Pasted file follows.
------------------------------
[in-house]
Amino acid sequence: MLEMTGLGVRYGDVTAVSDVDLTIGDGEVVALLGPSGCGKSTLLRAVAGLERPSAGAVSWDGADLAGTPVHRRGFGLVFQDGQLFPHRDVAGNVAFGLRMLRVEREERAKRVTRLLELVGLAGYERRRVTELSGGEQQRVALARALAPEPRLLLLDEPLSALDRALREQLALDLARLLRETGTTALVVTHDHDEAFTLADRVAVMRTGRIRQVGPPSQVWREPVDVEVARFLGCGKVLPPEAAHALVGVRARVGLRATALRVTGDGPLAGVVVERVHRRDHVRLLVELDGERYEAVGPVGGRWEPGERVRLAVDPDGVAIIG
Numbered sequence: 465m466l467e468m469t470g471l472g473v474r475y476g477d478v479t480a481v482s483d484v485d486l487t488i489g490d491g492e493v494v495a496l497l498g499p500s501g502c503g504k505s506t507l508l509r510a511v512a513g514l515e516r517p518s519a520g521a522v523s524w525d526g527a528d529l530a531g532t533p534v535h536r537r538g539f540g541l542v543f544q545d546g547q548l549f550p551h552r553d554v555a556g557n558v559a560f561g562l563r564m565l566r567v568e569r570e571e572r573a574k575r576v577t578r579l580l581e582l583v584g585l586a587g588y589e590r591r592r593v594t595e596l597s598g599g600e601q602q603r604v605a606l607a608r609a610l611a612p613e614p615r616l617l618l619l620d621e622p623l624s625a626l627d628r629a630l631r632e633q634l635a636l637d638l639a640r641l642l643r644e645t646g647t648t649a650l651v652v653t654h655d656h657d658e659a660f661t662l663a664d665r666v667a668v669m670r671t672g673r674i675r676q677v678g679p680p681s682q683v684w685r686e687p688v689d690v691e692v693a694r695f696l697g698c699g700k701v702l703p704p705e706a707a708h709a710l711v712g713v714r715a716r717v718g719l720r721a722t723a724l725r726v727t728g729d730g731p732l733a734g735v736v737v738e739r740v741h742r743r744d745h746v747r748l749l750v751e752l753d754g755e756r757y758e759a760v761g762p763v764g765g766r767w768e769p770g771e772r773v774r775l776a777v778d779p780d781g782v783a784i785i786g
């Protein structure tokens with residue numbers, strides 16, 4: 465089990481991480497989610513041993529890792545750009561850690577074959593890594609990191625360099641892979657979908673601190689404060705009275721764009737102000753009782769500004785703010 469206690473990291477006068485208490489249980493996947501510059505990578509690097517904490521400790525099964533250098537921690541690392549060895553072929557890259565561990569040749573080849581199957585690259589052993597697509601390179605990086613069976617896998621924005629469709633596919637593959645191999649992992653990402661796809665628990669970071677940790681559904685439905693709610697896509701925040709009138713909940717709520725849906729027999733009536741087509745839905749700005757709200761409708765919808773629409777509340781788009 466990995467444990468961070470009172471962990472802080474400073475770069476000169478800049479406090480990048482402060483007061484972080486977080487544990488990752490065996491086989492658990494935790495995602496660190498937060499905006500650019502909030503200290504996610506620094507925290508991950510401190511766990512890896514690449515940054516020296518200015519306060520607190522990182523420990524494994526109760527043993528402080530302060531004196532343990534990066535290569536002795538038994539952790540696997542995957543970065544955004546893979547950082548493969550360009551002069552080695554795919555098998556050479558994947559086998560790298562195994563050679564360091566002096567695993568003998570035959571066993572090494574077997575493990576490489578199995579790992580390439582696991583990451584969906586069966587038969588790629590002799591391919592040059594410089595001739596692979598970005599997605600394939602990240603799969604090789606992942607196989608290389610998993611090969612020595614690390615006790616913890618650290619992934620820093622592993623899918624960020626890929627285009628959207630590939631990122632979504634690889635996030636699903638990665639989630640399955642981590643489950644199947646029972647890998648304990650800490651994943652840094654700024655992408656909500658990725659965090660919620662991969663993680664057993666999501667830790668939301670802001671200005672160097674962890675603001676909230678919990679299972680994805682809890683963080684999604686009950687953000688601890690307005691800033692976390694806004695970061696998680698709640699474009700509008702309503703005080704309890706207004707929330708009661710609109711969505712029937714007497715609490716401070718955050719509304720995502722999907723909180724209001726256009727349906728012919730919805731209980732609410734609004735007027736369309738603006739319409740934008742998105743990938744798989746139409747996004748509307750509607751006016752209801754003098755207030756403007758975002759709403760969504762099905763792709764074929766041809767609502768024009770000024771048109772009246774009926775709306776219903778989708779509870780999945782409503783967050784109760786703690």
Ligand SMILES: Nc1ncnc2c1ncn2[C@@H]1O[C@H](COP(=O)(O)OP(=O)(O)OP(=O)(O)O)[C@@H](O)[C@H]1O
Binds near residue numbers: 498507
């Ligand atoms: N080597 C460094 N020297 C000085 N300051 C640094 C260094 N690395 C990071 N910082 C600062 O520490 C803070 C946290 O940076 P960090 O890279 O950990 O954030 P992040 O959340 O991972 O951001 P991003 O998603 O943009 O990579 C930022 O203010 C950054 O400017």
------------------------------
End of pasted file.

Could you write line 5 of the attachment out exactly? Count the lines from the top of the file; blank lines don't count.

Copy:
Ligand SMILES: Nc1ncnc2c1ncn2[C@@H]1O[C@H](COP(=O)(O)OP(=O)(O)OP(=O)(O)O)[C@@H](O)[C@H]1O